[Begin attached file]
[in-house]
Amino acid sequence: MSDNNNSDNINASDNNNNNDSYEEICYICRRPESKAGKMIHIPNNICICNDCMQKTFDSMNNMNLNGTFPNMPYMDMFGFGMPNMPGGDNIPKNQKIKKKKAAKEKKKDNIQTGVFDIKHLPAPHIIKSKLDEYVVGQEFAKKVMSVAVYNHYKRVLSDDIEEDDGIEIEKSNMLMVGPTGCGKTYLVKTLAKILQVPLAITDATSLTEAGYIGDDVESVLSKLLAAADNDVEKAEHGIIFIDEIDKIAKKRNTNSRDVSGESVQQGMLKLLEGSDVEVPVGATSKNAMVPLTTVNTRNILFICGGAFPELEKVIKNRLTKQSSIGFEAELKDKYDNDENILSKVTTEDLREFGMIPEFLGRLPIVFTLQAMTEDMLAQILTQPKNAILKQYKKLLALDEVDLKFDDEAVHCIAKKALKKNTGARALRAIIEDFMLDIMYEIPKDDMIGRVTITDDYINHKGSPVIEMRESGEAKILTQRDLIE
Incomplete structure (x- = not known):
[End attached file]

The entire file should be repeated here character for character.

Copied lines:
[in-house]
Amino acid sequence: MSDNNNSDNINASDNNNNNDSYEEICYICRRPESKAGKMIHIPNNICICNDCMQKTFDSMNNMNLNGTFPNMPYMDMFGFGMPNMPGGDNIPKNQKIKKKKAAKEKKKDNIQTGVFDIKHLPAPHIIKSKLDEYVVGQEFAKKVMSVAVYNHYKRVLSDDIEEDDGIEIEKSNMLMVGPTGCGKTYLVKTLAKILQVPLAITDATSLTEAGYIGDDVESVLSKLLAAADNDVEKAEHGIIFIDEIDKIAKKRNTNSRDVSGESVQQGMLKLLEGSDVEVPVGATSKNAMVPLTTVNTRNILFICGGAFPELEKVIKNRLTKQSSIGFEAELKDKYDNDENILSKVTTEDLREFGMIPEFLGRLPIVFTLQAMTEDMLAQILTQPKNAILKQYKKLLALDEVDLKFDDEAVHCIAKKALKKNTGARALRAIIEDFMLDIMYEIPKDDMIGRVTITDDYINHKGSPVIEMRESGEAKILTQRDLIE
Incomplete structure (x- = not known):